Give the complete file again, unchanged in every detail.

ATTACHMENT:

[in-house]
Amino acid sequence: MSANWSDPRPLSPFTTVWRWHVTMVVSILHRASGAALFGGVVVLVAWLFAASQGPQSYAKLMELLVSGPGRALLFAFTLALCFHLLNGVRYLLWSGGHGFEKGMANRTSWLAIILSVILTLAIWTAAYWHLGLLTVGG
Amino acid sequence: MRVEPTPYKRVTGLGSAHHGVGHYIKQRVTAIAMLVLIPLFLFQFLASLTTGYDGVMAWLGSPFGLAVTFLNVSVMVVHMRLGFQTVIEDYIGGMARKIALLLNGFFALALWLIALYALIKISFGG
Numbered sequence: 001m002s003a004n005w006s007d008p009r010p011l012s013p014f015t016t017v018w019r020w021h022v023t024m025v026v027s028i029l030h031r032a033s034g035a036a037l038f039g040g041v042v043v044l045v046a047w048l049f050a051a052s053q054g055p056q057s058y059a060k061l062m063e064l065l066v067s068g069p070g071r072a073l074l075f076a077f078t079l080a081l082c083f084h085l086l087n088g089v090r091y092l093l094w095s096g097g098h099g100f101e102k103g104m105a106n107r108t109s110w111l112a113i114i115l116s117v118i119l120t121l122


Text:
[in-house]
Amino acid sequence: MSANWSDPRPLSPFTTVWRWHVTMVVSILHRASGAALFGGVVVLVAWLFAASQGPQSYAKLMELLVSGPGRALLFAFTLALCFHLLNGVRYLLWSGGHGFEKGMANRTSWLAIILSVILTLAIWTAAYWHLGLLTVGG
Amino acid sequence: MRVEPTPYKRVTGLGSAHHGVGHYIKQRVTAIAMLVLIPLFLFQFLASLTTGYDGVMAWLGSPFGLAVTFLNVSVMVVHMRLGFQTVIEDYIGGMARKIALLLNGFFALALWLIALYALIKISFGG
Numbered sequence: 001m002s003a004n005w006s007d008p009r010p011l012s013p014f015t016t017v018w019r020w021h022v023t024m025v026v027s028i029l030h031r032a033s034g035a036a037l038f039g040g041v042v043v044l045v046a047w048l049f050a051a052s053q054g055p056q057s058y059a060k061l062m063e064l065l066v067s068g069p070g071r072a073l074l075f076a077f078t079l080a081l082c083f084h085l086l087n088g089v090r091y092l093l094w095s096g097g098h099g100f101e102k103g104m105a106n107r108t109s110w111l112a113i114i115l116s117v118i119l120t121l122